Monday, September 25, 2017

New safety rules follow fire at Yangon’s tallest building

The Myanmar Fire Services Department and Yangon City Development Committee have issued new safety instructions for high-rise buildings following a fire that engulfed the top of an incomplete condominium earlier this week.

The November 17 fire at Diamond Inya Palace seen from Parami Road. Photo: StaffThe November 17 fire at Diamond Inya Palace seen from Parami Road. Photo: Staff

Police arrested the supervisor at the Diamond Inya Palace construction site after the fire started on the 22nd floor of what was set to be a 34-storey block of luxury apartments, and raged for four hours early on November 17.

The building, which was intended to become the tallest in Myanmar, is on U Htun Nyein Street, Mayangone township.

Township fire brigade officials said 700 plywood sheets and 10 tonnes of timber were stored on the floor. The fire occurred as a result of a falling light which apparently ignited the wood.

Police yesterday said site supervisor Ko Zaw Min Htwe had been charged with negligence in connection with the fire, and released on bail as part of an investigation. The developer could not be reached for comment by press time.

The Myanmar Fire Services Department announced that they had issued new instructions on fire inspections for buildings of more than 12 storeys. U Aung Swe Win, the brigade’s deputy director, said, “Until now, buildings under construction did not require wet-risers to be installed or fire extinguishers, but now they will have to do so.”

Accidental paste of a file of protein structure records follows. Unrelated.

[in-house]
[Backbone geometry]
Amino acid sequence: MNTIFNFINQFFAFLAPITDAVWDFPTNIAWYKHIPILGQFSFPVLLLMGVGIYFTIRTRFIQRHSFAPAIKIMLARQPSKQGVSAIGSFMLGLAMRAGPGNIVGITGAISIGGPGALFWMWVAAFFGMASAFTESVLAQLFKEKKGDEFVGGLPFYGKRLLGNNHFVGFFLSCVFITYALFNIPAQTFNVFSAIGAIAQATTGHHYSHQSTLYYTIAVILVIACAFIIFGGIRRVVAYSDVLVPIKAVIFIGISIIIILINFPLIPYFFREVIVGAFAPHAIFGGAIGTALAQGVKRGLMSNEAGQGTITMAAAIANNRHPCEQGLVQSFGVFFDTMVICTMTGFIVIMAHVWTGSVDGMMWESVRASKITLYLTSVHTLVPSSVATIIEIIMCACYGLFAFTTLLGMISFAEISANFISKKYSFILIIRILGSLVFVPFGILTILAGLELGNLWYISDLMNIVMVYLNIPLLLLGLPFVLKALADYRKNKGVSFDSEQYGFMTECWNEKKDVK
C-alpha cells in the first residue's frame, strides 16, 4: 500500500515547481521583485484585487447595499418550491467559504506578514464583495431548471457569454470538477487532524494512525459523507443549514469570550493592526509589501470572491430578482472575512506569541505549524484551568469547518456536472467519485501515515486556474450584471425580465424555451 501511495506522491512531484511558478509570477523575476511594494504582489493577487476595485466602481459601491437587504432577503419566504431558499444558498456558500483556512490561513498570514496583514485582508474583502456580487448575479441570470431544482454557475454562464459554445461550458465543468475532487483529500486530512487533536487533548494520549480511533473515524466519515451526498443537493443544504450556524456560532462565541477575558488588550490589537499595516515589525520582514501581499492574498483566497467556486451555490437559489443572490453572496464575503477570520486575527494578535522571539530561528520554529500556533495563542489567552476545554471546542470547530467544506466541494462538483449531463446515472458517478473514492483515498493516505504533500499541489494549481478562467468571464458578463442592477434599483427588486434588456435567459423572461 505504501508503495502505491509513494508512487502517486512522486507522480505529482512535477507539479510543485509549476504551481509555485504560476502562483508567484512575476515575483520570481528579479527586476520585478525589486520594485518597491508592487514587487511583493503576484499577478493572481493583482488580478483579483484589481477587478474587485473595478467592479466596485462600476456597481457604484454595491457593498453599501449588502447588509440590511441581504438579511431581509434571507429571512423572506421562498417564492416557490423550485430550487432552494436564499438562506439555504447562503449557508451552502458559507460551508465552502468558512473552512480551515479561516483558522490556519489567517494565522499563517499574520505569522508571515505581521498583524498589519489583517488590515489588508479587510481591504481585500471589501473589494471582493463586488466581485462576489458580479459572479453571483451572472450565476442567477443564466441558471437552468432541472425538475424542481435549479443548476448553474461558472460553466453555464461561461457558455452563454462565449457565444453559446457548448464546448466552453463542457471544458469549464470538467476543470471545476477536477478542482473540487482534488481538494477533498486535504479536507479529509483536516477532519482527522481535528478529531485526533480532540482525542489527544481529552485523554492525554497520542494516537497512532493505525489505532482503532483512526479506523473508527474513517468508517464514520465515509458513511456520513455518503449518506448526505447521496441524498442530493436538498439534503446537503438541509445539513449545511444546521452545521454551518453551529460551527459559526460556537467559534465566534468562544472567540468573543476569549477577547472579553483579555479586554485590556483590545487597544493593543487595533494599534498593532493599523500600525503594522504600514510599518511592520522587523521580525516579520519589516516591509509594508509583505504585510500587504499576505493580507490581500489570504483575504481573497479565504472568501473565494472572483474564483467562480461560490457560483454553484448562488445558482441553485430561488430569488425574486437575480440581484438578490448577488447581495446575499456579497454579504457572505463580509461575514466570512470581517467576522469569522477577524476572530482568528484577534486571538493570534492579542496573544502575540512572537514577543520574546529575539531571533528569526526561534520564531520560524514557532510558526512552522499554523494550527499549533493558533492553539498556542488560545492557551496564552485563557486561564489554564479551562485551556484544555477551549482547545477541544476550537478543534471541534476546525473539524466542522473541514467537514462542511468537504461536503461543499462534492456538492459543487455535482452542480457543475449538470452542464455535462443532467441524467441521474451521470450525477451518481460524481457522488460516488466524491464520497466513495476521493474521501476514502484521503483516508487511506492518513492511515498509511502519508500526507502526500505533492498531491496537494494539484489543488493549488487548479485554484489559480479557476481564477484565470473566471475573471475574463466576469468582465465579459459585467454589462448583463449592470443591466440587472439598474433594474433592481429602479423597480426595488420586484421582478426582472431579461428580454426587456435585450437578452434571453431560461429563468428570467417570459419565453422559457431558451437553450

Fire officers will now inspect all high-rise buildings under construction, throughout the country.

“We used to inspect completed buildings before tenants moved in, but now we will inspect buildings under construction as well,” he said, adding that the brigade had learned “a lesson”.

Developers wishing to build a high-rise will now need fire brigade approval, and will have to submit to additional inspections.

“Once they have been granted a permit for a high-rise building, we will have to conduct additional inspections and verify the installation of a wet-riser,” said U Aung Swe Win.

The Committee for Quality Control of High-Rise Buildings Projects and YCDC also plan to tighten up their safety and fire prevention inspections regime, said U Khin Maung Tint, chair of the CQHP.

“We will convene with developers to discuss safety during construction. Our inspections have revealed certain violations,” he said, adding that fire prevention measures in some high-rise buildings now under construction were inadequate.

The deputy director of the building engineering department of YCDC, U Nay Win, said the city would take action against developers found not to have made sufficient safety provision in accordance with CQHP regulations.